Read Comic Books to Improve Your Reading Skills

Comic books are good for you! Really, it’s true. Take a break, read a comic … improve your reading.

image of woman reading, by Gerald_G from openclipart.org

Stephen Krashen, a well-known education researcher, has said that comic books and other “light” reading can be an important part of learning to read at an academic level. His book The Power of Reading summarizes research showing that comic books contain a high number of of unusual and academic vocabulary words, that comic book readers tend to be better overall readers, and that, essentially, all reading is educational reading.

You can get started reading these for free. Daily Bits has posted links and short descriptions for 17 free online English-language graphic novels (comic books). These graphic novels are aimed at a variety of audiences. Some of them, such as Fables, NYC2123, Crossing Midnight, Deadman, Y: The Last Man, The Sandman, DMZ and Fell, are aimed at readers who are 18 years old or older (however, Salamander Dream is for all ages).

Wowio’s Comic Books and Graphic Novels section has quite a few legal, free comic books and graphic novels. You’ll have to register to use Wowio, and they require you to prove your identity using a photo ID, credit card, or “non-anonymous” e-mail address (such as a school e-mail address). I haven’t used this site, so I hope that if you try it, you’ll let me know what you think.

If you are interested in reading more graphic novels and you live in the US or Canada, go to your local library. In the last few years, libraries have been increasing the number of comic books, graphic novels, and manga on the shelves. Most libraries have people on the staff who love to read that kind of thing. They’ll be able to give you recommendations.

You can also check out the Comics in English section of the Readable Blog Bookstore (those, of course, aren’t free). If you have any English-language comic books or graphic novels that you would like to recommend to other English learners, please leave me a comment.

8 thoughts on “Read Comic Books to Improve Your Reading Skills”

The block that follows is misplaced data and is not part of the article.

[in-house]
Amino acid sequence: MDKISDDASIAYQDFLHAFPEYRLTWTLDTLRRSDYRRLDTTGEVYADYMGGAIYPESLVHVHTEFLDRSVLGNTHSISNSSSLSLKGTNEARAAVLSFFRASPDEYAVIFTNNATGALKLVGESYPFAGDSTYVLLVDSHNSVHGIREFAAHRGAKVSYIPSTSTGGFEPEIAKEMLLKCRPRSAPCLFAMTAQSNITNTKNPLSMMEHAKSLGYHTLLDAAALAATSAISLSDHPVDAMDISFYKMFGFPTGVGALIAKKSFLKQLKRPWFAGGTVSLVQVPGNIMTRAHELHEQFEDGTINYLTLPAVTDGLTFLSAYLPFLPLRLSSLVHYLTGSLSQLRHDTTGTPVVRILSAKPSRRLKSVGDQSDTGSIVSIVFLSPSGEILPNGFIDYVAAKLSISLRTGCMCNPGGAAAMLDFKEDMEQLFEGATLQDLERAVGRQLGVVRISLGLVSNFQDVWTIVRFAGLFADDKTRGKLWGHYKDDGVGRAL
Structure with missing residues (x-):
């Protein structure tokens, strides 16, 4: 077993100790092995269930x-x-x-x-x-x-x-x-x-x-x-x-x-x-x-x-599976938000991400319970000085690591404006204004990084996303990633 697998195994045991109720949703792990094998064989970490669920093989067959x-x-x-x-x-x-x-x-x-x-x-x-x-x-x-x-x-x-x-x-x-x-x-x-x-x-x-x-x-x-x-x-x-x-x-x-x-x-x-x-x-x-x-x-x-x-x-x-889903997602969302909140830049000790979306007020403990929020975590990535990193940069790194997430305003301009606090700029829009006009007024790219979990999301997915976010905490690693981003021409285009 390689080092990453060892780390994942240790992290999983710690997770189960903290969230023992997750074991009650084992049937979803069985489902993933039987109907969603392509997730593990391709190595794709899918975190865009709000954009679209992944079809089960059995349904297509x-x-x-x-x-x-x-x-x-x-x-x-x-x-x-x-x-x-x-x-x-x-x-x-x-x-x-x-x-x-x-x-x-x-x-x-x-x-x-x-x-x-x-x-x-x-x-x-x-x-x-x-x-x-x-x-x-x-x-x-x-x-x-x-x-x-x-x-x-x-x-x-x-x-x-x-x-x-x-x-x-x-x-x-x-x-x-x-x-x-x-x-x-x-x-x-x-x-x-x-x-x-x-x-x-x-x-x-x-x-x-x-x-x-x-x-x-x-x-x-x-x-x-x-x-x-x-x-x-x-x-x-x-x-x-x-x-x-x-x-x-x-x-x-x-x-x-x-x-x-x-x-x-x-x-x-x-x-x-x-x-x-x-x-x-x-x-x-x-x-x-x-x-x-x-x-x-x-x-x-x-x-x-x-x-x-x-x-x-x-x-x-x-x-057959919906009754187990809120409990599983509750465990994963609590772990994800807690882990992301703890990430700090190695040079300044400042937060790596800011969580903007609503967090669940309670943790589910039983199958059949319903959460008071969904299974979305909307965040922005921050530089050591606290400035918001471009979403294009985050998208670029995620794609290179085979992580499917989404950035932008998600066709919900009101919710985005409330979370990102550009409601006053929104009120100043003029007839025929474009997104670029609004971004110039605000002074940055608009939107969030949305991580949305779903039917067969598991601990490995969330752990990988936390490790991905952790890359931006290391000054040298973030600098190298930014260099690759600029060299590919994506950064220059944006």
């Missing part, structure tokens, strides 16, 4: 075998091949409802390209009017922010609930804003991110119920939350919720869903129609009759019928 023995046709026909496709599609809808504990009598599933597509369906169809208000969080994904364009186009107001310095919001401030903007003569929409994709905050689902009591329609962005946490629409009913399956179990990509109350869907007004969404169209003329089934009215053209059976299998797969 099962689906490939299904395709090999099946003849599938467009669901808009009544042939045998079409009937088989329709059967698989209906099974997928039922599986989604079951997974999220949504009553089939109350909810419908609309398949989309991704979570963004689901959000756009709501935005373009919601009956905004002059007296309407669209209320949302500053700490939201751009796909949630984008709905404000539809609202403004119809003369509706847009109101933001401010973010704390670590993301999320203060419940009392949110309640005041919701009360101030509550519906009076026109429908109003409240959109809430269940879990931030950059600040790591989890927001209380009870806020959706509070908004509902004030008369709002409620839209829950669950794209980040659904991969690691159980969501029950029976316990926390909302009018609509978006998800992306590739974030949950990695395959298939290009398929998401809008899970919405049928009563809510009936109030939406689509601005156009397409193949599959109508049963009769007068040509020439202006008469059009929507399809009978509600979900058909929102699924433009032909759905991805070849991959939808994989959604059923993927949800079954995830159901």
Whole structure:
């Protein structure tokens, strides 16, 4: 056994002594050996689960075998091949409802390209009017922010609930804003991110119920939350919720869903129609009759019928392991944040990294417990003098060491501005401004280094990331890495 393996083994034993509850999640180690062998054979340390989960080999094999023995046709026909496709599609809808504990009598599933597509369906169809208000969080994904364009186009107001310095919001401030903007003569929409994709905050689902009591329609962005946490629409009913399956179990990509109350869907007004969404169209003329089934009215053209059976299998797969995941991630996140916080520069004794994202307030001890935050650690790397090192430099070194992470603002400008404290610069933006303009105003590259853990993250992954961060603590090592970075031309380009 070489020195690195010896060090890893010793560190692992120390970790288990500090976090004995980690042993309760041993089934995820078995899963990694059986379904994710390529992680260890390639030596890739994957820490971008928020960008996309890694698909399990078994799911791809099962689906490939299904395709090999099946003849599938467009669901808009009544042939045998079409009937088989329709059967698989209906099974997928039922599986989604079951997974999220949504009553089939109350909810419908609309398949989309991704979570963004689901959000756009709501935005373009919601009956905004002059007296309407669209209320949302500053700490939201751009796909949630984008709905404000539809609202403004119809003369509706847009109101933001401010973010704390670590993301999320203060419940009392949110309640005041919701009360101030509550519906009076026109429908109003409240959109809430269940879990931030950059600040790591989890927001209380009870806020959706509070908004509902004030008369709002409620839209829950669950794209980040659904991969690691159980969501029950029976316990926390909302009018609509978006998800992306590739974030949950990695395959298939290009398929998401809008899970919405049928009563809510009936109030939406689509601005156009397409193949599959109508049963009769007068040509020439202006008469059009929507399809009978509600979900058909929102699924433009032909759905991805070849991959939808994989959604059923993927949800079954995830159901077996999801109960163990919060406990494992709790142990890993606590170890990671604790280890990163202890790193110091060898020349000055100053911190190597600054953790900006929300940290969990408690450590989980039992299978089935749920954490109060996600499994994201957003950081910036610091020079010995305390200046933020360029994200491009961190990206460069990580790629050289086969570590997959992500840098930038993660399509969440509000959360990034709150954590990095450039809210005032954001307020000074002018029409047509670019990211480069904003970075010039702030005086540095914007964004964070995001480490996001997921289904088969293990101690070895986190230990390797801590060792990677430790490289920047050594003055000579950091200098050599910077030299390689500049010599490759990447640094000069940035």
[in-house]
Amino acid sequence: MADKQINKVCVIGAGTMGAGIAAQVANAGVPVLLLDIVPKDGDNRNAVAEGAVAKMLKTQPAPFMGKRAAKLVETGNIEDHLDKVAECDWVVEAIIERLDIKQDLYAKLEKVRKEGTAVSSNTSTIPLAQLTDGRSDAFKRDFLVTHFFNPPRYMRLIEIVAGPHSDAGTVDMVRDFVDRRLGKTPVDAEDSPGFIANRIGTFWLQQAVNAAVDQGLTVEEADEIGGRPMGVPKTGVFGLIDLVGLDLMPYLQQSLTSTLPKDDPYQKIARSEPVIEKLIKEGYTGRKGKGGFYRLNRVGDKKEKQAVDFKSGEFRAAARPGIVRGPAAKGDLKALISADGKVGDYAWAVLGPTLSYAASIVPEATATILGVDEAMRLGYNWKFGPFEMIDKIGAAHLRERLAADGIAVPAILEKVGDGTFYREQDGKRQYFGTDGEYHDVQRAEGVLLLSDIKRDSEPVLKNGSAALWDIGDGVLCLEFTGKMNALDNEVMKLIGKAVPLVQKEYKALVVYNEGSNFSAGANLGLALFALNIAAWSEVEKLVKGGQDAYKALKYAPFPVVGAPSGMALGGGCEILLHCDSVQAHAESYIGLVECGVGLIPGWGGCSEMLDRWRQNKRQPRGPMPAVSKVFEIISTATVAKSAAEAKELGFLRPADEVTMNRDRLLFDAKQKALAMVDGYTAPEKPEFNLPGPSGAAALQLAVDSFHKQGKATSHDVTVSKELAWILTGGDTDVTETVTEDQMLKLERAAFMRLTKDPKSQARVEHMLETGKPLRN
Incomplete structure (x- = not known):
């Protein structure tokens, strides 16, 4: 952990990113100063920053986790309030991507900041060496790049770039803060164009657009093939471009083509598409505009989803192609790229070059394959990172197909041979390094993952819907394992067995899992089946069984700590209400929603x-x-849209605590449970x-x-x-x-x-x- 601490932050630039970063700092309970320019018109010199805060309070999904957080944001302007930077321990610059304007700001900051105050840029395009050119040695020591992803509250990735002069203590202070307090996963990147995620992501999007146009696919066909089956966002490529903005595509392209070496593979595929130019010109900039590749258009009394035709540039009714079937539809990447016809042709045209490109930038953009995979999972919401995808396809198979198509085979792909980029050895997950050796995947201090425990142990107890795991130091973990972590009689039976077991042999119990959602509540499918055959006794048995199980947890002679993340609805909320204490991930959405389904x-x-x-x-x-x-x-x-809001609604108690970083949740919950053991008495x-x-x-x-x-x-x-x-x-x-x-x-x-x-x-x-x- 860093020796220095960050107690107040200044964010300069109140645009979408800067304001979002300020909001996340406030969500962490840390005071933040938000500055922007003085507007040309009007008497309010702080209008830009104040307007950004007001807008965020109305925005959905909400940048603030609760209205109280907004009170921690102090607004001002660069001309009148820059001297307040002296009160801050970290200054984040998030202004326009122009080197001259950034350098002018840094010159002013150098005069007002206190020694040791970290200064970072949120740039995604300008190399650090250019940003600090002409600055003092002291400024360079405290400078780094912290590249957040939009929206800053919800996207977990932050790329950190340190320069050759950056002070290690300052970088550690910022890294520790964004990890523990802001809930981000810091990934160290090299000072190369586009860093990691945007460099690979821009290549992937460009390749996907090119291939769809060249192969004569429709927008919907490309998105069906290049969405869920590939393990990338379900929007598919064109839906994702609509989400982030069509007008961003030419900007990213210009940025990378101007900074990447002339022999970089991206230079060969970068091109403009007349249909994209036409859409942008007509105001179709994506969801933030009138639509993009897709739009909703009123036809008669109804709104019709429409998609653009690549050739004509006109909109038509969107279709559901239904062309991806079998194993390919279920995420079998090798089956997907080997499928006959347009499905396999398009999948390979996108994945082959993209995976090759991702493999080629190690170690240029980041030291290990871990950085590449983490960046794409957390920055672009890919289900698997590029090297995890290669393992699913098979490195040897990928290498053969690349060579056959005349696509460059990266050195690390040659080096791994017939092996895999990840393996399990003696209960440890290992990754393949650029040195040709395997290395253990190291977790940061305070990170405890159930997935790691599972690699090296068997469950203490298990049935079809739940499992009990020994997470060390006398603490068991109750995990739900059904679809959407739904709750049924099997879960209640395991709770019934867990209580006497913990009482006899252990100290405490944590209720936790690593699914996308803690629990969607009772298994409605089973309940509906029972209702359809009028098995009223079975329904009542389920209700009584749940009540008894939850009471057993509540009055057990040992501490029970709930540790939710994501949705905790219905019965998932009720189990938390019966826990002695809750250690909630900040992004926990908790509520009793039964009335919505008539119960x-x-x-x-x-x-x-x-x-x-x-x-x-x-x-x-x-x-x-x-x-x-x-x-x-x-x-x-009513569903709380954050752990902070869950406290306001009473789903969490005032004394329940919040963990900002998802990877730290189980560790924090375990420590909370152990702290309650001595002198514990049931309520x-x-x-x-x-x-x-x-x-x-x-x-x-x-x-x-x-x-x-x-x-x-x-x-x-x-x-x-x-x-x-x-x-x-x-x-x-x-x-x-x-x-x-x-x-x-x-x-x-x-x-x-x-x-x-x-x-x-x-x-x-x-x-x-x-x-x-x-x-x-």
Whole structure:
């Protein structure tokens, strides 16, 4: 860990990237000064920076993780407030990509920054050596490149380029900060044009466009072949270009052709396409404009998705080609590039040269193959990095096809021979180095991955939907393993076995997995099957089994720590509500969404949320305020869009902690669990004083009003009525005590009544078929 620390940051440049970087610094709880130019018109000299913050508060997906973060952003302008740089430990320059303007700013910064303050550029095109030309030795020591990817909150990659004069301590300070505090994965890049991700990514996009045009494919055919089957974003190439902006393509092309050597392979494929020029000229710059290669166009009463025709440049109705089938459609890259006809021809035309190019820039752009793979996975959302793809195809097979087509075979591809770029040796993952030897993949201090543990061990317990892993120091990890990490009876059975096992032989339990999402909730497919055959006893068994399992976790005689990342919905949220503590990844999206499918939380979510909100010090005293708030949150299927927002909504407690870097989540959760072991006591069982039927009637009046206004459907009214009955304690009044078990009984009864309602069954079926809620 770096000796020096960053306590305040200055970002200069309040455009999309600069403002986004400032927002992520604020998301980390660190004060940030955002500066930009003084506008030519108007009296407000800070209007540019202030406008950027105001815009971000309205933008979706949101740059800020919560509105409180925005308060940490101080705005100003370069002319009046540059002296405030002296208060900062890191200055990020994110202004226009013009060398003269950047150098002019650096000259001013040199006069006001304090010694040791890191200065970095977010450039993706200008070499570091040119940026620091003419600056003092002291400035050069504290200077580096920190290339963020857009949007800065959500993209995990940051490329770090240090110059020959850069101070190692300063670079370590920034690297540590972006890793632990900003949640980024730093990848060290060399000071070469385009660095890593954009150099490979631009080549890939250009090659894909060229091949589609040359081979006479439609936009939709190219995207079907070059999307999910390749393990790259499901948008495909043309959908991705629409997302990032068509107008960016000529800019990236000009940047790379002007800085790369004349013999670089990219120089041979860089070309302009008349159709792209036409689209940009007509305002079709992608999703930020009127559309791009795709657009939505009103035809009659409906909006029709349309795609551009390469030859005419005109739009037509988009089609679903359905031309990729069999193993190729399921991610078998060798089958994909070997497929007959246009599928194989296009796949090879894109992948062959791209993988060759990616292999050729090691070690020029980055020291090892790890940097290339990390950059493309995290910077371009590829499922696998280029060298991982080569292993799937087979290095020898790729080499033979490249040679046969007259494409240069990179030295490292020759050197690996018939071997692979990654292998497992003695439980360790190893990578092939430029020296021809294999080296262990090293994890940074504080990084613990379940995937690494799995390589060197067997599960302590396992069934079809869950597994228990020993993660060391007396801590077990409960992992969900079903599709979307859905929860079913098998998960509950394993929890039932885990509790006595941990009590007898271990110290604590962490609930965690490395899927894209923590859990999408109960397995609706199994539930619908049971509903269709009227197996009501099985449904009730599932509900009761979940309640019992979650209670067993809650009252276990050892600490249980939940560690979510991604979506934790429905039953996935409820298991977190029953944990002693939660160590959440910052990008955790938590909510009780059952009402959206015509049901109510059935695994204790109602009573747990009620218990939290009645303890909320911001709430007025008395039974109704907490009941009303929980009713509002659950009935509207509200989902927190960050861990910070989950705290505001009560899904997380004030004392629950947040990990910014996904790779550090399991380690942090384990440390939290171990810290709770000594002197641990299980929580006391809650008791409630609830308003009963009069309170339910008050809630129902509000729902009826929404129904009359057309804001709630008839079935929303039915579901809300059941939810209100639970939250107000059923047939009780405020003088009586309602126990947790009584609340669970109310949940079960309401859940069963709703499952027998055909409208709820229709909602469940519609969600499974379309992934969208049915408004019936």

1. Hi Clarissa,

    Thanks for posting this very practical suggestion for the encouragement of pleasure reading. I too am a big fan of the graphic novel–I’ll be the first to admit that comic book reading–at least, in my case–lead to reading bigger, more important canonical works of literature. I was curious to fill in the “backstory” details for things only alluded to in comic book narratives. I also read comic books in other languages when I was overseas to practice reading the language. It was simply, more fun than reading the newspaper when I was trying to learn.

    If it’s okay with you, I’d like to plug this article for you on my own web log. I think others in the field might benefit from this.

    Keep up the good work!

    Lee
    http://www.english-blog.com

  2. Professor Stephen Krashen cited “eminent writers and thinkers” to claim that reading comic book can help improve reading. Are there other research that proves it? Citations will be appreciated.

    Thanks.

    Kurt

  3. Thanks, Lee; I keep meaning to follow up with you ….

    Kurt, have you checked the specific references in _The Power of Reading_? (Second edition, not the first one.) I thought there were some specific studies cited, in addition to anecdotal evidence. You might also check the introductory sections of _Going Graphic_, by Stephen Cary.

    I’m not at home right now, so I don’t have these books available. A quick search of scholar.google.com brings up several potentially interesting papers of varying relevance, including some of Krashen’s actual research studies:
    http://scholar.google.com/scholar?num=20&hl=en&lr=&safe=off&cluster=16563090010189650526
    http://sdkrashen.com/articles/comicbook/comicbook.pdf
    http://www.ingentaconnect.com/content/tesol/tq/2004/00000038/00000002/art00002
    http://direct.bl.uk/bld/PlaceOrder.do?UIN=215454680&ETOC=RN&from=searchengine
    http://www.reading.org/publications/journals/rt/v61/i4/abstracts/RT-61-4_Ranker.html
    http://eric.ed.gov/ERICWebPortal/custom/portlets/recordDetails/detailmini.jsp?_nfpb=true&_&ERICExtSearch_SearchValue_0=ED141797&ERICExtSearch_SearchType_0=no&accno=ED141797
    http://scholar.google.com/scholar?num=20&hl=en&lr=&safe=off&client=firefox-a&cluster=1698822951350127953
    etc., etc. You can probably find more.

    Most of the research that has been done focuses on native speakers of English who are reluctant readers, and/or on children living in the US. Sometimes we have to extrapolate based on other studies of “light reading” (another useful search phrase), or work backwards from the connection between reading comic books and being a good reader.

    I’d love to do some research on teaching adult English learners (in ESL or EFL situations), but I don’t have that kind of access right now.

  4. I make webcomics that are educational and funny. My main cartoon is called Rebusquest. About a magic land where rebus puzzles are a way of life. That way, kids can enjoy a story while learning puzzle solving skills.

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